What if love notes or poems or sonnets weren't simply about a person? Petrarch's unrequited love for Laura was about directing his soul.
When we think of love sonnets, most of us think of the sappy ooze of lyricists or the flavorless mush in greeting cards. But when they were first written in the 14th century, their intent was much different.
It all began with Francesco Petrarch in 1304. Like his predecessor Dante, Petrarch was a devout Catholic. He too was exiled from Italy with his family due to civil unrest. Once in France, Petrarch’s father had a successful law practice, and the family prospered, so much so that he arranged the best education money could buy at the time—private tutors. By age 16, Petrarch dutifully followed in his father’s footsteps and studied law first at Montpelier then at Bologna.
Legend tells that since his father was supplying an allowance to Petrarch, he often made surprise visits at university. One such afternoon, Petrarch was quietly reading a book in his rented room when his father suddenly arrived. Enraged at the number of books Petrarch had purchased with his allowance, he promptly threw them out of the window and into the street below.
Now throwing around books at this time was no light matter. Before the printing press, many books were hand-copied and sewn together at great cost. If the story is indeed true, Petrarch likely spent a month’s allowance on one book alone. His personal library held copies of Homer’s Iliad, Cicero's Rhetoric, as well as Virgil’s Aeneid, all of which he loved dearly.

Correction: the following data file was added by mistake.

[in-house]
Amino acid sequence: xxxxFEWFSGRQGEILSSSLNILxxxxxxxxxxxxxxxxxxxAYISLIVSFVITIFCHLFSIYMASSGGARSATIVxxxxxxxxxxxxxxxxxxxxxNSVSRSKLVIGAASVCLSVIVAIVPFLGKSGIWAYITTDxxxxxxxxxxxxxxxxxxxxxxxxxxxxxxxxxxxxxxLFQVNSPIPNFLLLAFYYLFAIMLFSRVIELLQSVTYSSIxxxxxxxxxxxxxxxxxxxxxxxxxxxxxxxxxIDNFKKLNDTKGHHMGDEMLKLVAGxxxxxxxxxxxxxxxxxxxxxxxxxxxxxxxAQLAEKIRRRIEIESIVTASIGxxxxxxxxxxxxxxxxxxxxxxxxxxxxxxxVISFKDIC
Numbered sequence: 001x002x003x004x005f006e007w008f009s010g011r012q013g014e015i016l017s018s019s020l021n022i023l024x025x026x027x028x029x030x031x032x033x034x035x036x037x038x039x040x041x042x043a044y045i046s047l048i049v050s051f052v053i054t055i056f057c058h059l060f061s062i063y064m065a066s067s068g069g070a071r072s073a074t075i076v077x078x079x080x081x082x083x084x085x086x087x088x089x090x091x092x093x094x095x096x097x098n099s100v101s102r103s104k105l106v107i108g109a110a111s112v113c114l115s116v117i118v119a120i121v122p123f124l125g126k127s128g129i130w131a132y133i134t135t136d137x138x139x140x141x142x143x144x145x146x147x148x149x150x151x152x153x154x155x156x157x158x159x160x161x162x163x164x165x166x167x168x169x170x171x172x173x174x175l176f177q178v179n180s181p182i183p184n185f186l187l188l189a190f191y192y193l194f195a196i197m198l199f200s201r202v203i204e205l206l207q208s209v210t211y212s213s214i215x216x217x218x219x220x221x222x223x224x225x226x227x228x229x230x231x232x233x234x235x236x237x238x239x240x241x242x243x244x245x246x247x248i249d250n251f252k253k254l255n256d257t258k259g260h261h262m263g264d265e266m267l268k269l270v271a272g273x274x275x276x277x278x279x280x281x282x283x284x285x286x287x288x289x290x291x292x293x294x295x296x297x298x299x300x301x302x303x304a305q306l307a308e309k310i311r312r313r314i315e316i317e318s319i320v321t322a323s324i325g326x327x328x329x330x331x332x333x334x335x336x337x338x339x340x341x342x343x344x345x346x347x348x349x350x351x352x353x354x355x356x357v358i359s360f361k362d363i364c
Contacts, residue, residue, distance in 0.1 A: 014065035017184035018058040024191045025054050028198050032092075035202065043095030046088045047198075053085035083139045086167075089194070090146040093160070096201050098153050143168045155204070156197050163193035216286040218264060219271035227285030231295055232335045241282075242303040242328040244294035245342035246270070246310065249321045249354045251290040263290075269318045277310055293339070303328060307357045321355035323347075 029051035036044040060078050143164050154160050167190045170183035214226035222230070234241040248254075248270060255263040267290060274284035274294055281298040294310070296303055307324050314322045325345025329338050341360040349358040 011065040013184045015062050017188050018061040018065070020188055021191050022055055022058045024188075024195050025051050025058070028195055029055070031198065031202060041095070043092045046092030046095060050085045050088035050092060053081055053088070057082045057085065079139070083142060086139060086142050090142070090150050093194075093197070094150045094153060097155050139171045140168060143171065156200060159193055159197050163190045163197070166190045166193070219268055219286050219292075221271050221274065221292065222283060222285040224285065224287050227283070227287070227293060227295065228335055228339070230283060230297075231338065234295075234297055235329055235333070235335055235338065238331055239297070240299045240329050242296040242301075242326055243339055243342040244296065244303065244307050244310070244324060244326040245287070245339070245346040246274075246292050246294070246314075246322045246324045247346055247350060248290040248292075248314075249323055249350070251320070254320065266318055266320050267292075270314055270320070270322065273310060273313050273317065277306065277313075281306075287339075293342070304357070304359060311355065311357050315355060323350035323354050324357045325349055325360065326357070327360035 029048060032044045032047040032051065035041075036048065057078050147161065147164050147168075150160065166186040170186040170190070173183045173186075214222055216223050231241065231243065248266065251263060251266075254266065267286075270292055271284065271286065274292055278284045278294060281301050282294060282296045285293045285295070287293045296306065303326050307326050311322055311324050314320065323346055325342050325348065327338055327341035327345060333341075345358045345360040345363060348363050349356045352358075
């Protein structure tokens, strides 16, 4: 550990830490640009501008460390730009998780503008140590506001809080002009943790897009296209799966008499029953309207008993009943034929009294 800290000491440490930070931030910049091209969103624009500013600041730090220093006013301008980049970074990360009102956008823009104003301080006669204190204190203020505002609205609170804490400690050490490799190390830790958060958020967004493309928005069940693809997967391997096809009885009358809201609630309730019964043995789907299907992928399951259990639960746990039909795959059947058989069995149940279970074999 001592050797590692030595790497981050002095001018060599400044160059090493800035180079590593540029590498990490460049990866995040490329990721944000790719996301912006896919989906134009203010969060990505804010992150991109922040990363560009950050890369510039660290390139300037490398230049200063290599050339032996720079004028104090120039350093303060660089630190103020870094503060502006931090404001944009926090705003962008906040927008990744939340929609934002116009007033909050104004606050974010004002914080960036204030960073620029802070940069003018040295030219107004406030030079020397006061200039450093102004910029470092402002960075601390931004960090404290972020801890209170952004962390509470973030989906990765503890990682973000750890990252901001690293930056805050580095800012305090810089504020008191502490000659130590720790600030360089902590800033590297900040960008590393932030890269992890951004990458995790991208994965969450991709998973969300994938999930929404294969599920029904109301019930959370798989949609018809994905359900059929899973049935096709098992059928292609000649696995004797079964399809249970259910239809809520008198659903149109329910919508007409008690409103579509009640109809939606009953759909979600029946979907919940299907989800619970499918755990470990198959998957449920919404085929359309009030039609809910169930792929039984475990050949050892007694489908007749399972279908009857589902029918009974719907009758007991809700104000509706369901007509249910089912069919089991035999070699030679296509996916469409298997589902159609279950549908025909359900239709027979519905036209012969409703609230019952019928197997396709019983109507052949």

FORGET THE LAW
Meanwhile, his father set fire to the small stash in the middle of the street. Any passerby would know the value of that fire, and naturally disheartened, within a few months Petrarch quit law school and promptly announced he was going to be a writer and poet and take his ecclesiastical orders. Some biographers say that his father died before he could quit; others that Petrarch was simply dissatisfied with the untruthfulness of the law as a whole.
From her to you comes loving thought that leads, as long as you pursue, to highest good
Petrarch did pursue his minor orders and began to write, and this is where the sonnet as a form was born. The story he tells lies in Sonnet 3. He was in Avignon at service on Good Friday in 1327, "the day the sun's ray had turned pale," a day of “universal woe,” when a light from the cathedral window shone on a woman rows in front of him. It was Laura de Sade, who was already wed or soon to be by most accounts. She was illumined, and a Muse was born. They likely never met or spoke from that moment, but Petrarch wrote hundreds of sonnets about her and to her.
NO STALKING HERE
The thing is Petrarch was not some obsessive stalker, but a man instead who knew love in a different way. That God revealed her to him on Good Friday was everything. For him, Petrarch's unrequited love for Laura was about directing his soul, "From her to you comes loving thought that leads, as long as you pursue, to highest good . . ." (Sonnet 13).